It's time to take a look into the vault. Today, I'm writing this article, which is going to be about one of the most underrated animated movies of the 70's: "The Phantom Tollbooth". For those of you who may not know, this movie is based on a book by Norton Juster, a quite good one too. The movie was filmed in 1969 but released in 1970. I discovered it in 1995 on Cartoon Network as a feature played on "Mr. Spimm's Cartoon Theatre".
The movie opens up with this live-action segment. It starts out focusing on this kid named Milo who is so bored with the world. The character of Milo is played by Butch Patrick, who is most known for playing the role of Eddie Munster on the TV series, "The Munsters". Anyway, Milo comes home from school and gets a phone call from his friend, Ralph, and he complains to Ralph how boring his life is.
Suddenly, Milo discovers this weird box in his bedroom (a freaky-looking one, I might add). On the box was an envelope saying that it was a present for Milo. Inside the envelope was a message telling Milo to pull a tab.
Milo does so, and BOOM! Suddenly, the box explodes into this tollbooth. The tollbooth talks to Milo and says he has earned a trip into the world beyond...beyond his wildest imagination.
Then, suddenly, out of nowhere comes this car, which he is to use to drive through the world he's about to enter. He is also supplied with a map and an instruction manual. After making up his mind, Milo drives through the tollbooth, and now, he's become a cartoon.
Milo now has no idea what he's doing. He's driving through this animated world he's never seen before. You can probably tell by the animation and the music that this movie was directed by Chuck Jones, who, prior to "The Phantom Tollbooth", is most known for his work at Termite Terrace at directing some of the classic Looney Tunes shorts like Bugs Bunny, Wile E. Coyote and Pepe Le Pew.
Along the way, Milo meets up with a watch dog (Wow, I can't believe I'm making that kind of a pun) named Tock. Tock is only one of the few beings in this strange world who makes any sense. Milo was pleased to meet Tock, and they both became really close friends.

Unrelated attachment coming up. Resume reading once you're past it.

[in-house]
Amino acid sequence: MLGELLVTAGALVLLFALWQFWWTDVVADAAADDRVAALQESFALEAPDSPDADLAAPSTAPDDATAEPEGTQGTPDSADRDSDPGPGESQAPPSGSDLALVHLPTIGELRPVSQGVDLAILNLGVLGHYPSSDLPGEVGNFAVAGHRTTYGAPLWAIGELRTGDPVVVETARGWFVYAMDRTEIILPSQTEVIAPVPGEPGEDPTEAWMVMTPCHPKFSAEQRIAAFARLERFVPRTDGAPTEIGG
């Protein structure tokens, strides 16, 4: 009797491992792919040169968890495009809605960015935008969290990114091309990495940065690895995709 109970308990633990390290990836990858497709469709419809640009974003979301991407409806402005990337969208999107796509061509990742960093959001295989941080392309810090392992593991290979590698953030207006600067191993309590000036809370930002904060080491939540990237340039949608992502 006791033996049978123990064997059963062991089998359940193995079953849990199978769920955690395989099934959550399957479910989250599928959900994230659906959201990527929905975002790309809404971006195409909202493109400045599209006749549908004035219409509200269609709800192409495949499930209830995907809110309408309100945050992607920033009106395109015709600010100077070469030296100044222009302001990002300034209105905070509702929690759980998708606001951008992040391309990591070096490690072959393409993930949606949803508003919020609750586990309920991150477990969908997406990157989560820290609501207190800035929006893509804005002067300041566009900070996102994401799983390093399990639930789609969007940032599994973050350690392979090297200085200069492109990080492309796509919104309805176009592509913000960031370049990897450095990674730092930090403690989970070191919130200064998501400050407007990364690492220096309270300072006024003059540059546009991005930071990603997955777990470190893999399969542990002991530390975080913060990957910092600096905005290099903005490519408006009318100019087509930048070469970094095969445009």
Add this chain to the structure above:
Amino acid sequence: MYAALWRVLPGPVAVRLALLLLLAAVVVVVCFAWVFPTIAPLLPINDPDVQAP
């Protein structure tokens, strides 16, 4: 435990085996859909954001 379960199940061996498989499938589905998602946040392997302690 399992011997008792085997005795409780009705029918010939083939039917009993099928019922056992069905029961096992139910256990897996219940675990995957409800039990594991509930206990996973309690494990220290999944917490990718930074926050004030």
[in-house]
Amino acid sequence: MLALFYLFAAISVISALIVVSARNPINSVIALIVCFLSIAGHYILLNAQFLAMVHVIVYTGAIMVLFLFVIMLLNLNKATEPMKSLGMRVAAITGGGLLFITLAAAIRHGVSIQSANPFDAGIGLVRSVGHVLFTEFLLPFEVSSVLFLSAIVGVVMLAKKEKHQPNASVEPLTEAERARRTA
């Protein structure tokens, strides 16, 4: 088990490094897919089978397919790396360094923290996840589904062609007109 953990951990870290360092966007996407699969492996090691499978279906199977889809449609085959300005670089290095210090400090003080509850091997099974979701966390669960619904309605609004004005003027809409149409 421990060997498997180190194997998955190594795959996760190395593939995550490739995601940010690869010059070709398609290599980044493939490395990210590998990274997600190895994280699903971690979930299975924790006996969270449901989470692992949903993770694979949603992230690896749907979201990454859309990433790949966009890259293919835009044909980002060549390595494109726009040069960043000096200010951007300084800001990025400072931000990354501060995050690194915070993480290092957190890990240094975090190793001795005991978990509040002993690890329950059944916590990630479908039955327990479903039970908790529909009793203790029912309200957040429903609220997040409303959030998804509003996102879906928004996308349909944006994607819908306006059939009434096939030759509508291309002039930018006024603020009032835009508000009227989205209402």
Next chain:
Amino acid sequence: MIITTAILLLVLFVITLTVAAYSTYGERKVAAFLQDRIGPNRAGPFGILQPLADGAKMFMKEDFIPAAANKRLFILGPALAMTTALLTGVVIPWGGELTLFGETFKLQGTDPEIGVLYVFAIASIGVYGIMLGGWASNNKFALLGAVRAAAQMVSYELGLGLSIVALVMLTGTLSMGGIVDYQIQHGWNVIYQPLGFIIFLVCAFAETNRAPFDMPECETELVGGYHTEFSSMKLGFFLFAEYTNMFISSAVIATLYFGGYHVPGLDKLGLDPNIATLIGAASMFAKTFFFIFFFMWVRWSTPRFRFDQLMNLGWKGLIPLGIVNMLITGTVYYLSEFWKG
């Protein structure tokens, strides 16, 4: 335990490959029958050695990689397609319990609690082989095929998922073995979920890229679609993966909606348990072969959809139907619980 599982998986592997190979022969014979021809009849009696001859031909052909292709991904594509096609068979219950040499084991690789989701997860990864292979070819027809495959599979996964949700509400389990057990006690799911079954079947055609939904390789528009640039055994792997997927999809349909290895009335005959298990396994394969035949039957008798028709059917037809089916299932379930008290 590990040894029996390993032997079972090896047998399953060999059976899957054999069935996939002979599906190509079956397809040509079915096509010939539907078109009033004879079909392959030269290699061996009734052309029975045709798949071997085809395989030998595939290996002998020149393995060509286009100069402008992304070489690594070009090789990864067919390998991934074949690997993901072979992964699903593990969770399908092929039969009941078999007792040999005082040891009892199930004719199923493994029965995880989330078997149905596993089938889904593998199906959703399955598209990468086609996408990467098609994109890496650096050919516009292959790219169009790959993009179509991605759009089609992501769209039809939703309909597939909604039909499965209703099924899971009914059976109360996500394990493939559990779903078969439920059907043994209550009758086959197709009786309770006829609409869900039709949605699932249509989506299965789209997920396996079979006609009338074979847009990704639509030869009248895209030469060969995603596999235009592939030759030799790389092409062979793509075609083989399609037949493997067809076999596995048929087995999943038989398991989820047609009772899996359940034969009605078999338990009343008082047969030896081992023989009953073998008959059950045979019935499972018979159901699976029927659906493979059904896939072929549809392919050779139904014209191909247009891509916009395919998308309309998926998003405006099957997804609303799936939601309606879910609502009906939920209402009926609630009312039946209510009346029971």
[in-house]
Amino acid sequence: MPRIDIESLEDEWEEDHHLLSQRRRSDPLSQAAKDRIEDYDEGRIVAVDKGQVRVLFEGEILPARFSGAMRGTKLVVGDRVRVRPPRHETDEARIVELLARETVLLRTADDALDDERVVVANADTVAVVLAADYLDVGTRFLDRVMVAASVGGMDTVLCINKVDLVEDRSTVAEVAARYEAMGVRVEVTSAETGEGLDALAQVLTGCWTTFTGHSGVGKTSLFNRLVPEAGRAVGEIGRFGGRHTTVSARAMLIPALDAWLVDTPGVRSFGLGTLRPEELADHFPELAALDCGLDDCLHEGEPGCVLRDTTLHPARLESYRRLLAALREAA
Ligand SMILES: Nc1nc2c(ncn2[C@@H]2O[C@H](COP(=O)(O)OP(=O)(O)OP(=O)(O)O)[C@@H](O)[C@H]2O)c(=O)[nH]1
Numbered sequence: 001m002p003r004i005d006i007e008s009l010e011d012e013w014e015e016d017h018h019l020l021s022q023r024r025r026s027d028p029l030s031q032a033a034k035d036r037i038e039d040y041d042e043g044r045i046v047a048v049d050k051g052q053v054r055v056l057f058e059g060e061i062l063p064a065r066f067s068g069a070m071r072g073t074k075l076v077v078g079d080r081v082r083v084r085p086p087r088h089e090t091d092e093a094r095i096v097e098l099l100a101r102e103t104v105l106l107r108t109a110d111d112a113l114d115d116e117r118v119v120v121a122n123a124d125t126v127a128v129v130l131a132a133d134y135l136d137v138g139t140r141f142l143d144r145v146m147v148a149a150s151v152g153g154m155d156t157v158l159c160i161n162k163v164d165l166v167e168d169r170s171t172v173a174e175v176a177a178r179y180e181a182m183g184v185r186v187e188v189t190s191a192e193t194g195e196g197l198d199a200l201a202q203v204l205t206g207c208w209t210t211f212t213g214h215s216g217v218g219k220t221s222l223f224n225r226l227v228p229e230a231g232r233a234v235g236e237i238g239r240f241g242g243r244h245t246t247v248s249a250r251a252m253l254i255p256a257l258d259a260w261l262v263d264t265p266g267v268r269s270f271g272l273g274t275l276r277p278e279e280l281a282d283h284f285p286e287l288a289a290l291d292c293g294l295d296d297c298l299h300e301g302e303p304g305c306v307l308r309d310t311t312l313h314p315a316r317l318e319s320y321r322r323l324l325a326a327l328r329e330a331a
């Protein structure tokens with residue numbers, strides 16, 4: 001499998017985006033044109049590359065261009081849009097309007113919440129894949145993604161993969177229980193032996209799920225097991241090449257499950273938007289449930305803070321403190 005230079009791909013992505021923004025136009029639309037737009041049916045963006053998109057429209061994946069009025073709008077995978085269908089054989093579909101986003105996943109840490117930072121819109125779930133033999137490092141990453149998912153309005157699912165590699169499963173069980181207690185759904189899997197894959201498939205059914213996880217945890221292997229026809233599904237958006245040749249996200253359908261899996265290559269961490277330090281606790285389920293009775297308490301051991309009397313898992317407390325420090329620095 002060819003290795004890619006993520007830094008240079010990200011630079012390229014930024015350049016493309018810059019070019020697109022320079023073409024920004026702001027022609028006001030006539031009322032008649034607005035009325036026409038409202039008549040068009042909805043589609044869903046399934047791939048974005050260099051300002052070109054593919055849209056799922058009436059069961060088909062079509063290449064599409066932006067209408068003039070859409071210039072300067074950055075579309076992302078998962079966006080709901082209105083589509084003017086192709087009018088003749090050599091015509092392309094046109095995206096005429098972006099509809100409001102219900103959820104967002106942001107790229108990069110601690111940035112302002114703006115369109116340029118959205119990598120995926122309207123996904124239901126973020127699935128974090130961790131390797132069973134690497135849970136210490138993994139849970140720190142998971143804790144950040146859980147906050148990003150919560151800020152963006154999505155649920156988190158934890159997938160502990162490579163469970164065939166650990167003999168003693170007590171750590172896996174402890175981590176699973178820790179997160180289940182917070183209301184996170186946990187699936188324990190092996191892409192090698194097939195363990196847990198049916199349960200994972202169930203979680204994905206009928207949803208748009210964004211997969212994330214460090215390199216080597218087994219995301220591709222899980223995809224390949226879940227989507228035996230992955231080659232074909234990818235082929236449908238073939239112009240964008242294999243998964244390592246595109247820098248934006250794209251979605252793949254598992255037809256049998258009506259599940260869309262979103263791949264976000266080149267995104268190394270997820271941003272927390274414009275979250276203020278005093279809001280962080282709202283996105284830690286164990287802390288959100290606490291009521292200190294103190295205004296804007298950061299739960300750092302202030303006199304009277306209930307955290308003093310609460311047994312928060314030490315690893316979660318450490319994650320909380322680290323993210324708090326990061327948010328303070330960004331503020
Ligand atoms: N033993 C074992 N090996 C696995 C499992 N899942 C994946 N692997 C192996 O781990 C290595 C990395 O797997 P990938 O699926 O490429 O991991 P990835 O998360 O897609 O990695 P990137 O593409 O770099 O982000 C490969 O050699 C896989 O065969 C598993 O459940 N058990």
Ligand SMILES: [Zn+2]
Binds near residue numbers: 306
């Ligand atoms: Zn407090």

Tock explains to Milo the whole purpose as to what's going on. In this world, words and numbers are at war. When the old king of this kingdom (formerly known as the Kingdom of Wisdom) died, the kingdom was divided into two states: Dictionopolis and Digitopolis. King Azaz, the ruler of Dictionopolis passed a law that words are more important than numbers, while the Mathemagician, the ruler of Digitopolis, passed a law of the exact opposite. Their only chance of bringing the kingdom back into sanity is to go to the Castle in the Air and free the princesses of Rhyme and Reason from the evil demons.
Milo and Tock went to Dictionopolis and Digitopolis to speak with both kings to let them know that they were going to free Rhyme and Reason. While in Dictionopolis, they got a new teammate, Mr. Humbug. Both kings were pleased to hear about Milo's mission and thought it would really help their kingdom. I might also add that this movie introduced me to the word: "Balderdash". This was before I knew about the board game.
One scene in the movie that really stuck out to me was the scene that involved Chromo the Great. Milo had a chance to meet him just in time to watch him conduct the sunset of the night.
After which, Milo came to Chromo and complimented on his work. But then Chromo went to sleep and told Milo to wake him up at 5:23 so that he could conduct the sunrise. This left Milo in a desperate situation.
Humbug, however, suggested that Milo should conduct the sunrise himself and save them some time. Did Milo do it? You bet he did!
But, of course, having no conducting experience at all, Milo made a complete disaster out of the sunrise and messed up the whole sky leaving absolutely no sense in the Kingdom of Wisdom.
Man, they were on drugs when they made this movie! If you thought "Yellow Submarine" was weird, well this movie makes that movie look like "The Lion King"! I can't believe I'm making that kind of a comparison!
Towards the end of the movie, our heroes make it to the Castle in the Air, but first, they must face off with the demons who guard Rhyme and Reason. By this time, however, Milo has learned that everyone is not what they may seem, and he figures out how to deal with the demons. Now, that's heroism right there!
I'd probably go on about the movie, but then I'd probably give away the ending. I guess I could say that there are some other familiar voice actors in this movie like Mel Blanc, Daws Butler, Hans Conried and June Foray. I actually find it kind of ironic that Chuck Jones decided to do this movie. He's one of the greatest cartoon directors of all time, and for this movie, I'd say he was the perfect guy to direct it. Even though the movie did scare me to death the first time I watched it, I still consider it to be an overlooked gem that many should view.
So, if you've been on a search for the freakiest and most bizarre animated movie ever, your search has ended. "The Phantom Tollbooth" is the one. If you happen to have any desire to watch this movie, my best recomendation is don't watch it on the weekend, because if you do, it'll haunt you until Monday morning. If you want to try to find this movie, check DVD Planet (believe me, they have everything). If not, then just keep on searching for it; I'm sure there may be a copy of it out there, and good luck.
Oh, and one more thing: IF ANY OF THE STUFF ON THIS ARTICLE SOUNDS LIKE THE ANGRY VIDEO GAME NERD, DEAL WITH IT!